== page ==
The saga of Goodyear’s defective RV tires continues; AP reports that a grand jury is gathering evidence against the tire manufacturer over its defective RV tires.
The whole ordeal has been going on for years. It started in 2003 when an RV driven by Billy Wayne Woods and filled with five other members of his family flipped on a rural Georiga interstate after a Goodyear G159 tire on the RV burst. While they all initially survived the accident, it had a tragic ending, as our own Ryan Felton pointed out:
Both Woods’ wife and his daughter-in-law suffered broken backs; his son, a broken hip. His two grandchildren were uninjured, but the crash left Woods paralyzed. Several months later, he died as a result of complications from his injuries, according to the family’s lawyer.
Sadly Wood’s death wasn’t the first, and his family’s injuries weren’t the last. Wood’s family filed suit against Goodyear claiming the tire was defective. It turned out to be one of 41 separate lawsuits filed against Goodyear over the past 20+ years.
The NHTSA began a probe into the tires in 2017. The agency looked at data from 40,000 tires over a seven-year period from 1996 to 2003. Investigators found something startling: G159 defects had caused eight deaths and 69 injuries from 1998 to 2009. Allegedly, Goodyear knew of the defects as early as 2002; a recall wasn’t issued until last year. Now things are heating up.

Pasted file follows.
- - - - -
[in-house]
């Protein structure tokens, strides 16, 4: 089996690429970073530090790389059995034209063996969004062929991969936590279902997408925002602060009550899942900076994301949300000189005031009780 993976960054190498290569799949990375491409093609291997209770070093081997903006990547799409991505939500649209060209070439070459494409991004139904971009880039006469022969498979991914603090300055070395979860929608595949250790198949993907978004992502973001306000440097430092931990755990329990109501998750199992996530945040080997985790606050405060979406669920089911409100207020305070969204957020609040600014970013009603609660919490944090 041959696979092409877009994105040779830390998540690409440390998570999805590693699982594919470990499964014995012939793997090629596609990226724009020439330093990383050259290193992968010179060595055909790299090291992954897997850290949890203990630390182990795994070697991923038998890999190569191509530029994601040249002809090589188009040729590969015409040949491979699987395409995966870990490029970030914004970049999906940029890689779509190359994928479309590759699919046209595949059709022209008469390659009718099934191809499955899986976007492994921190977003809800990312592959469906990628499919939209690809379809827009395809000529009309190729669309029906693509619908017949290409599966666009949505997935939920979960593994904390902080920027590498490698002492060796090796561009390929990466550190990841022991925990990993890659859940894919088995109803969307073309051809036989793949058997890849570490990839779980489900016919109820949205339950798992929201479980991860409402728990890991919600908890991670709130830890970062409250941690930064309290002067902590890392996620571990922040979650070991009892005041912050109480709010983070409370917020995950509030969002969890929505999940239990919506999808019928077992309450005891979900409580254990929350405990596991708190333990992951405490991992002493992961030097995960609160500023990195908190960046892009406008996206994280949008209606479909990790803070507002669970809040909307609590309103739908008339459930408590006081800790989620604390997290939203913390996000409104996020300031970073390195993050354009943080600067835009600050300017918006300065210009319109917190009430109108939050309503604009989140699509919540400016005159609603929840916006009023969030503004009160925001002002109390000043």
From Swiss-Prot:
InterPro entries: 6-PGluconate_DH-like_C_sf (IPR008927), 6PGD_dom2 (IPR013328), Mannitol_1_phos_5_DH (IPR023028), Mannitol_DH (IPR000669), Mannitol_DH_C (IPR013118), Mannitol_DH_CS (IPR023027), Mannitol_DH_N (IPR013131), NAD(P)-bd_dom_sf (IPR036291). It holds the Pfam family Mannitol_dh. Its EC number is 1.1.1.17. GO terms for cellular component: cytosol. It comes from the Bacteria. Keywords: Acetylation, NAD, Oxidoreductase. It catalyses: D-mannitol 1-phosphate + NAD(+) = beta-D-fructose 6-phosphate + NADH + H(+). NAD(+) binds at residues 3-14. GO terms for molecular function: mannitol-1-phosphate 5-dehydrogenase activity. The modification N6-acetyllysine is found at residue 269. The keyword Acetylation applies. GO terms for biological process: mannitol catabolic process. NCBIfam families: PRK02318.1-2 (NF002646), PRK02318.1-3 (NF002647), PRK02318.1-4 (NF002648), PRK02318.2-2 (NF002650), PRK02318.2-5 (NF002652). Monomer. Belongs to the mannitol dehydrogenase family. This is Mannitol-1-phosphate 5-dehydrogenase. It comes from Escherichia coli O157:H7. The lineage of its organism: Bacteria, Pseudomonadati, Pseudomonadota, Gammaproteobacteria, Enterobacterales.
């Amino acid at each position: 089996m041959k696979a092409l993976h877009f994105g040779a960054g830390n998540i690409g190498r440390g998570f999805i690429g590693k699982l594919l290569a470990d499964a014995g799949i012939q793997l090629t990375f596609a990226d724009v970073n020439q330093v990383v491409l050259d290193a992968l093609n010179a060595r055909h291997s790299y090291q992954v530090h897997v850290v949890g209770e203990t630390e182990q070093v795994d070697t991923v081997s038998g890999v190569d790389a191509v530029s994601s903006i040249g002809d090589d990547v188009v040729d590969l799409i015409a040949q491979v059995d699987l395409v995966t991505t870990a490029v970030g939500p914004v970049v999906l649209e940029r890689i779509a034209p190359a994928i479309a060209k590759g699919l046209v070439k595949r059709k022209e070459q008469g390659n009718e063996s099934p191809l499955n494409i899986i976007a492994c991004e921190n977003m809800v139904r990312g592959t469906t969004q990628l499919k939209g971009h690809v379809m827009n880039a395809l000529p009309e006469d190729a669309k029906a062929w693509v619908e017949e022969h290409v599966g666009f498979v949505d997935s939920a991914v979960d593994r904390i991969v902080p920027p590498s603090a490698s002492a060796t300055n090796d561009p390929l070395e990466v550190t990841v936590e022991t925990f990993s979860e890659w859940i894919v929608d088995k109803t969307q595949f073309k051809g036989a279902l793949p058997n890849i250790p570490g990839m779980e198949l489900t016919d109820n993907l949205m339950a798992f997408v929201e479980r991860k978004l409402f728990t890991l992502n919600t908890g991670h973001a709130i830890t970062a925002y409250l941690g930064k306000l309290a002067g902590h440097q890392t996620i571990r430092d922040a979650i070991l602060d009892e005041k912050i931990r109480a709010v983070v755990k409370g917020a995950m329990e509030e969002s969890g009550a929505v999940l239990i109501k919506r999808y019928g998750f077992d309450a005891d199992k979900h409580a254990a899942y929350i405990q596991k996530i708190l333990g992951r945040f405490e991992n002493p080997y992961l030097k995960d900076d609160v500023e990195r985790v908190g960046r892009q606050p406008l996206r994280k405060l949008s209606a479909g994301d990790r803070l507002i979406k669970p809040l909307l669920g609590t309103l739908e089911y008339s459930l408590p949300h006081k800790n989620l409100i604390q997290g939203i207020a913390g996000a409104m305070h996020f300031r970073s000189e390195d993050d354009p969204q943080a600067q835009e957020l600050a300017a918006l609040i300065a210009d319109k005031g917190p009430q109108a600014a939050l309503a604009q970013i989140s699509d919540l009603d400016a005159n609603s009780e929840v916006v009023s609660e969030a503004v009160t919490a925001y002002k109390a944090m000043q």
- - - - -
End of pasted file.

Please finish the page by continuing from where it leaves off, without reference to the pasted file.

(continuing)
A grand jury is being convened in Los Angeles and has subpoenaed David Kurtz, an Arizona lawyer over documents related to a suit he filed against Goodyear. While no one knows what the jury is investigating, they have tons of help: DOT’s Inspector General, the Consumer Protection branch of the Justice Department, and the U.S. Attorney based in Los Angeles are all helping with the investigation.
Even though there’s evidence to the contrary, Goodyear is maintaining that the tires were safe saying that recalls were issued when appropriate. AP points out that, according to NHTSA documents, the agency sent a letter to Goodyear in the Spring of 2022 insisting a recall be issued. The company initially refused but eventually issued a recall.
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